Of the hundreds of sentiments from Capitol Hill mourning the loss of Sen. Edward M. Kennedy, among the most poignant comes from Rep. Pete Sessions...In 2001, Pete Sessions introduced The Family Opportunity Act alongside one of the most liberal members of Congress, Henry Waxman (CA-30). From Bazelon Center for Mental Health Law:
"I am deeply saddened by his passing and most appreciative of his work on behalf of people with special needs," Sessions said in a statement.
"Without Senator Kennedy's leadership in the Senate, this bill [the Family Opportunity Act] would not have become law," Sessions said. "A fierce advocate of the liberal cause, Senator Kennedy will be remembered most for his ability to reach across party lines and work to get things done."
February 28, 2001-Legislation to give many more children with serious disabilities access to needed health and mentalhealth services was reintroduced this month by Senators Charles Grassley (R-IA) and Edward Kennedy (D-MA)and Representatives Pete Sessions (R-TX) and Henry Waxman (D-CA).Which brings us back to the questions that's been asked so many times on this blog: if Pete Sessions could support that bill, why the vehement opposition to a plan allowing anyone to buy into a public health insurance plan?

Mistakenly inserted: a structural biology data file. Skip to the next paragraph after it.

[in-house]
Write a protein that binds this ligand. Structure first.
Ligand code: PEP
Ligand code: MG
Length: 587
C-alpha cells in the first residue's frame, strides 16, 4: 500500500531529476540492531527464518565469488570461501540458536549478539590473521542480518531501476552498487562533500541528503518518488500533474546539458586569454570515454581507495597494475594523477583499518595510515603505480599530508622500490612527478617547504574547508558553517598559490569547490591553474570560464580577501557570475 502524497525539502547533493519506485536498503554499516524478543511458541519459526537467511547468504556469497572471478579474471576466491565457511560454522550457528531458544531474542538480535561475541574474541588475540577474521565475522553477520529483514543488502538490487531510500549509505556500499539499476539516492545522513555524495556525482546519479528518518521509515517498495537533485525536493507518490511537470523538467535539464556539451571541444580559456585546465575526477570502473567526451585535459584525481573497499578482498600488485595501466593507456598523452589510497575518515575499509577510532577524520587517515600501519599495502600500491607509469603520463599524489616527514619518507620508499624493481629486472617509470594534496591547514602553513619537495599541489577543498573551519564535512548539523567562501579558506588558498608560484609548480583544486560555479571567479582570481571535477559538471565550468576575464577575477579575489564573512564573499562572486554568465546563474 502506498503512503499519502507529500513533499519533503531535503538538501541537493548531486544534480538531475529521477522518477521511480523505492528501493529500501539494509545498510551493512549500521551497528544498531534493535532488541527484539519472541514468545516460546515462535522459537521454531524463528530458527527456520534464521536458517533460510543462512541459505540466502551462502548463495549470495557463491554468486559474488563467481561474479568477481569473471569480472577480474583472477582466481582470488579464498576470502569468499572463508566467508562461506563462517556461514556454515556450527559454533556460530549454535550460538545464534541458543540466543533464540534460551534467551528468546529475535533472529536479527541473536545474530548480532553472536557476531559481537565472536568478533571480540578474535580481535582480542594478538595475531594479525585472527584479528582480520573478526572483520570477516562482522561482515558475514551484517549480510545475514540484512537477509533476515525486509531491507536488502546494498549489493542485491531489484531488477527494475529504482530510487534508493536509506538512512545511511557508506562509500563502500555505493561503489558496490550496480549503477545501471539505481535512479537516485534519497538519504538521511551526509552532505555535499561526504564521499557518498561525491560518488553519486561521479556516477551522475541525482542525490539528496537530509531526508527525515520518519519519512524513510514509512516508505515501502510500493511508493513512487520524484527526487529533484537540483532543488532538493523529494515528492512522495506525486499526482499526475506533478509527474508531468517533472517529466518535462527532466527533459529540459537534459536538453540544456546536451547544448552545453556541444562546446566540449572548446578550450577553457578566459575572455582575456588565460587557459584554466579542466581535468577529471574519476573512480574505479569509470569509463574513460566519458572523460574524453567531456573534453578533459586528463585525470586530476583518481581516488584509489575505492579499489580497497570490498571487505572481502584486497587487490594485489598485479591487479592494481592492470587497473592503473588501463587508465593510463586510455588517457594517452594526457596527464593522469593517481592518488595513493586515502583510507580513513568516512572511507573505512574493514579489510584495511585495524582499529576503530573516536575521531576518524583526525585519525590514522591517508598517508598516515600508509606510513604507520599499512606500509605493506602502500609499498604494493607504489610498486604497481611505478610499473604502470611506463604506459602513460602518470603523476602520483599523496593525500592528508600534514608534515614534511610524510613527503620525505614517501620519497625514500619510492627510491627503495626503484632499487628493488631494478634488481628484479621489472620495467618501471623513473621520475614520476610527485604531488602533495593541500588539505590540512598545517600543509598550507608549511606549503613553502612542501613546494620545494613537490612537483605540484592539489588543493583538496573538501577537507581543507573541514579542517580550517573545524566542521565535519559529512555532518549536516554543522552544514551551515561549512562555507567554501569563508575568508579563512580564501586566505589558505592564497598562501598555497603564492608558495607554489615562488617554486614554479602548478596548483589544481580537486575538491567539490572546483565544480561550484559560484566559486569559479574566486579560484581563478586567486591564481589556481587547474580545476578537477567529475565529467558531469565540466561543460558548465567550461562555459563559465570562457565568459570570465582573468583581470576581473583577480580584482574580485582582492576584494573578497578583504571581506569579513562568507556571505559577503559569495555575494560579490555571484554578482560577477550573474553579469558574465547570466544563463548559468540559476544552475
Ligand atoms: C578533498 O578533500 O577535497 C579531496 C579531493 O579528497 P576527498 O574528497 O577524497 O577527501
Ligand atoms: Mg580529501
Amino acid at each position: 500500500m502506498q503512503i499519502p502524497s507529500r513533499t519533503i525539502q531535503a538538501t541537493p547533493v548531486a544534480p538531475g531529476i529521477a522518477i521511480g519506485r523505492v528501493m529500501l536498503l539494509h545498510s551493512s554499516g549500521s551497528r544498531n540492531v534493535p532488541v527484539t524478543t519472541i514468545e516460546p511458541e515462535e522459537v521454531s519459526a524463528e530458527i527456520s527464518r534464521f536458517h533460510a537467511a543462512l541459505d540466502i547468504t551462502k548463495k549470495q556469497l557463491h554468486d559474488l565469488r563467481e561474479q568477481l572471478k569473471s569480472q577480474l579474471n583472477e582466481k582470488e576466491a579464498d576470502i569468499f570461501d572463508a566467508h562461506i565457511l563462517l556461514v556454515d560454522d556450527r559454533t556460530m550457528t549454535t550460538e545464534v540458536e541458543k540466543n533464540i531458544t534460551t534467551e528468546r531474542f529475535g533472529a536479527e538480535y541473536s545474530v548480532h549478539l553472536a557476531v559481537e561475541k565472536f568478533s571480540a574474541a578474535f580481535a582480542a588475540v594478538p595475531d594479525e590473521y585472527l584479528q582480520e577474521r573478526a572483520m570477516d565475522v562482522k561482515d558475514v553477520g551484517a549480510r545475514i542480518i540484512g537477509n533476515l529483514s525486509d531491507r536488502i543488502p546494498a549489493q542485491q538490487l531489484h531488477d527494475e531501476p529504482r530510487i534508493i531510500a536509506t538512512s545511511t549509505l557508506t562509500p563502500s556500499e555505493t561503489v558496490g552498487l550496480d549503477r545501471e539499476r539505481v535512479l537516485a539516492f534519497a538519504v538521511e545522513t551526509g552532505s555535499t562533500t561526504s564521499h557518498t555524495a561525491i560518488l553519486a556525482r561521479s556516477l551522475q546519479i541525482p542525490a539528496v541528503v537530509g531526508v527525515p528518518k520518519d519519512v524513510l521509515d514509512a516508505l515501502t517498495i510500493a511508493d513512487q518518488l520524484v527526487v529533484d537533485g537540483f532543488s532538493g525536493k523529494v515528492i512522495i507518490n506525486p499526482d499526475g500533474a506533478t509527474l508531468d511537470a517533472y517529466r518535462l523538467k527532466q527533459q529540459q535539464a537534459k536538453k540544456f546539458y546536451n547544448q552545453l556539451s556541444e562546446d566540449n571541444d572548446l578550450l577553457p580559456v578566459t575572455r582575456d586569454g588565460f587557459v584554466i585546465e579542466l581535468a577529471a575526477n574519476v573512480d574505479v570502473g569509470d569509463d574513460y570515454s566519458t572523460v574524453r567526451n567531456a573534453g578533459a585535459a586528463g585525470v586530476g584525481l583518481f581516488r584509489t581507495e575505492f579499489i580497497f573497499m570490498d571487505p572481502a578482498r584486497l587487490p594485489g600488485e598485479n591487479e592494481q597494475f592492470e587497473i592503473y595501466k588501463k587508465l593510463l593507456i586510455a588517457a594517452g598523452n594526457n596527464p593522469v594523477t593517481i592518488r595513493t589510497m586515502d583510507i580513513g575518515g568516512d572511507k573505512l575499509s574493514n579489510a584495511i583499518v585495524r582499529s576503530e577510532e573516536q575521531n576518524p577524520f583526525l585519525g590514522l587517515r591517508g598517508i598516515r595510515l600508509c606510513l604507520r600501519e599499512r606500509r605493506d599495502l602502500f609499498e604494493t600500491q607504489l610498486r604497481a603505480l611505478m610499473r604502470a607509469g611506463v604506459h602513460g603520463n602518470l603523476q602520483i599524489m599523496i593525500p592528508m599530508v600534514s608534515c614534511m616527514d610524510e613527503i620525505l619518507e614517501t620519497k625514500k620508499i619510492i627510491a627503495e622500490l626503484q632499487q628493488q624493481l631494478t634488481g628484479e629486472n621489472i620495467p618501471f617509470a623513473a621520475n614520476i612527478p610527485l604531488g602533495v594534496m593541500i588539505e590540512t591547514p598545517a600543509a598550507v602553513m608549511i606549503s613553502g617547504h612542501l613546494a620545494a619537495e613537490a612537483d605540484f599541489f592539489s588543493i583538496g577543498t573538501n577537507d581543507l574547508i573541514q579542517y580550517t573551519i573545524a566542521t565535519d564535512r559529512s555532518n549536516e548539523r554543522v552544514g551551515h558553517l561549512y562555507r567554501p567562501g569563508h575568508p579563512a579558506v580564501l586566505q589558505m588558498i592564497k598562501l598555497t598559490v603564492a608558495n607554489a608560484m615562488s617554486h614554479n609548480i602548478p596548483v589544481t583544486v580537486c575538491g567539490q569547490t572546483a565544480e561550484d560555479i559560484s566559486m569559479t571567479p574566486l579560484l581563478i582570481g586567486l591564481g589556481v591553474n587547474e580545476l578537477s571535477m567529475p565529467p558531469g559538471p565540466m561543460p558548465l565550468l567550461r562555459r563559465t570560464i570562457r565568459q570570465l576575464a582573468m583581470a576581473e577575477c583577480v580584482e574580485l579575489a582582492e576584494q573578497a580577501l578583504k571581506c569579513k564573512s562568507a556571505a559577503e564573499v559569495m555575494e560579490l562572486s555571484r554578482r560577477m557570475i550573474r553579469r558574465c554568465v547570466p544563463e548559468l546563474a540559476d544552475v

The Family Opportunity Act of 2001 (S. 321 and H.R. 600) is also referred to as the Dylan Lee James Act, in honor of a little boy with Down syndrome who lived in Representative Sessions' district in Texas. He lost Medicaid coverage when his father received a $3,000 bonus. The bill targets the huge gap in coverage faced by families who earn too much to qualify for Medicaid, lack employer health coverage or have private insurance with inadequate mental health benefits.